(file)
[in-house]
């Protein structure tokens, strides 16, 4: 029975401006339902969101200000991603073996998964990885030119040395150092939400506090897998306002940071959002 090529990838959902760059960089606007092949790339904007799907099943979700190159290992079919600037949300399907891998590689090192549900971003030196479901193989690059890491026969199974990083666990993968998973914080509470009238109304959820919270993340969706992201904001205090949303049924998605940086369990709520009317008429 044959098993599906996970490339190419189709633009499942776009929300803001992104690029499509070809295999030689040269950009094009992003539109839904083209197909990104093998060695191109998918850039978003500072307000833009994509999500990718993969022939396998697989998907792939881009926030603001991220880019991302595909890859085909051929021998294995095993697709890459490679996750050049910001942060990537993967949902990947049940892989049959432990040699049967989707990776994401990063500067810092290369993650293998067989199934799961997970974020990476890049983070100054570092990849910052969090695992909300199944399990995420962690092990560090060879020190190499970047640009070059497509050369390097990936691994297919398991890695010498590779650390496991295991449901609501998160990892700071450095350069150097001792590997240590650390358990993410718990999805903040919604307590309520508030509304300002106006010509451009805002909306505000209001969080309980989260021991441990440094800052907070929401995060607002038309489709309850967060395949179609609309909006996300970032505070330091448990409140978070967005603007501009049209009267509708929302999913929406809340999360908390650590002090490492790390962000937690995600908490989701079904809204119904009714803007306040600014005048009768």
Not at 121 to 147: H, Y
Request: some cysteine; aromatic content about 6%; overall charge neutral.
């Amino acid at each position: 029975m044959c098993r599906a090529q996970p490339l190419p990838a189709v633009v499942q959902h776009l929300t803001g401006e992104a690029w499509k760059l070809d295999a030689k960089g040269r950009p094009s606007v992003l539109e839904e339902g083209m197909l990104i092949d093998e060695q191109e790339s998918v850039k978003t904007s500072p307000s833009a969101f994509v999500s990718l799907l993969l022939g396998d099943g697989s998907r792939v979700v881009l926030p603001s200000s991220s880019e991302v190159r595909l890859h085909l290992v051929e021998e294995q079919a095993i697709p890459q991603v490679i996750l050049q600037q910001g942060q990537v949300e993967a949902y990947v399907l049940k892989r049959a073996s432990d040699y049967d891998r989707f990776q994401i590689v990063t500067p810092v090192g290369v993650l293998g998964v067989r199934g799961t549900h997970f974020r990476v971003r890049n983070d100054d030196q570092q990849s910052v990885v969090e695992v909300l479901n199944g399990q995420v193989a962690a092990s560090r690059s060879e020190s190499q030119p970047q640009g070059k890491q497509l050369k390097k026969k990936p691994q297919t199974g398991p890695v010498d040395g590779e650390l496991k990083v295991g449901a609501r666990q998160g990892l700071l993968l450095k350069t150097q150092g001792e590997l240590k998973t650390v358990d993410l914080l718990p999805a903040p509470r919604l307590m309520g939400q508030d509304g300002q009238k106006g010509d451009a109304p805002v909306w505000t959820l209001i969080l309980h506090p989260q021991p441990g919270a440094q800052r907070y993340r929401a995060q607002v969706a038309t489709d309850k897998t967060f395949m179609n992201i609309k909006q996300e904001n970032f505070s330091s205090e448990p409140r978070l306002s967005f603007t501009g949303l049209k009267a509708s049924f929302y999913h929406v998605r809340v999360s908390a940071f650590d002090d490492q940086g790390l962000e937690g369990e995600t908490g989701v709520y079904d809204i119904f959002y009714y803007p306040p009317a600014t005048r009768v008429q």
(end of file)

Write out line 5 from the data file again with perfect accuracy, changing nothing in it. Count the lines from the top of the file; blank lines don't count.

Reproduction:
């Amino acid at each position: 029975m044959c098993r599906a090529q996970p490339l190419p990838a189709v633009v499942q959902h776009l929300t803001g401006e992104a690029w499509k760059l070809d295999a030689k960089g040269r950009p094009s606007v992003l539109e839904e339902g083209m197909l990104i092949d093998e060695q191109e790339s998918v850039k978003t904007s500072p307000s833009a969101f994509v999500s990718l799907l993969l022939g396998d099943g697989s998907r792939v979700v881009l926030p603001s200000s991220s880019e991302v190159r595909l890859h085909l290992v051929e021998e294995q079919a095993i697709p890459q991603v490679i996750l050049q600037q910001g942060q990537v949300e993967a949902y990947v399907l049940k892989r049959a073996s432990d040699y049967d891998r989707f990776q994401i590689v990063t500067p810092v090192g290369v993650l293998g998964v067989r199934g799961t549900h997970f974020r990476v971003r890049n983070d100054d030196q570092q990849s910052v990885v969090e695992v909300l479901n199944g399990q995420v193989a962690a092990s560090r690059s060879e020190s190499q030119p970047q640009g070059k890491q497509l050369k390097k026969k990936p691994q297919t199974g398991p890695v010498d040395g590779e650390l496991k990083v295991g449901a609501r666990q998160g990892l700071l993968l450095k350069t150097q150092g001792e590997l240590k998973t650390v358990d993410l914080l718990p999805a903040p509470r919604l307590m309520g939400q508030d509304g300002q009238k106006g010509d451009a109304p805002v909306w505000t959820l209001i969080l309980h506090p989260q021991p441990g919270a440094q800052r907070y993340r929401a995060q607002v969706a038309t489709d309850k897998t967060f395949m179609n992201i609309k909006q996300e904001n970032f505070s330091s205090e448990p409140r978070l306002s967005f603007t501009g949303l049209k009267a509708s049924f929302y999913h929406v998605r809340v999360s908390a940071f650590d002090d490492q940086g790390l962000e937690g369990e995600t908490g989701v709520y079904d809204i119904f959002y009714y803007p306040p009317a600014t005048r009768v008429q």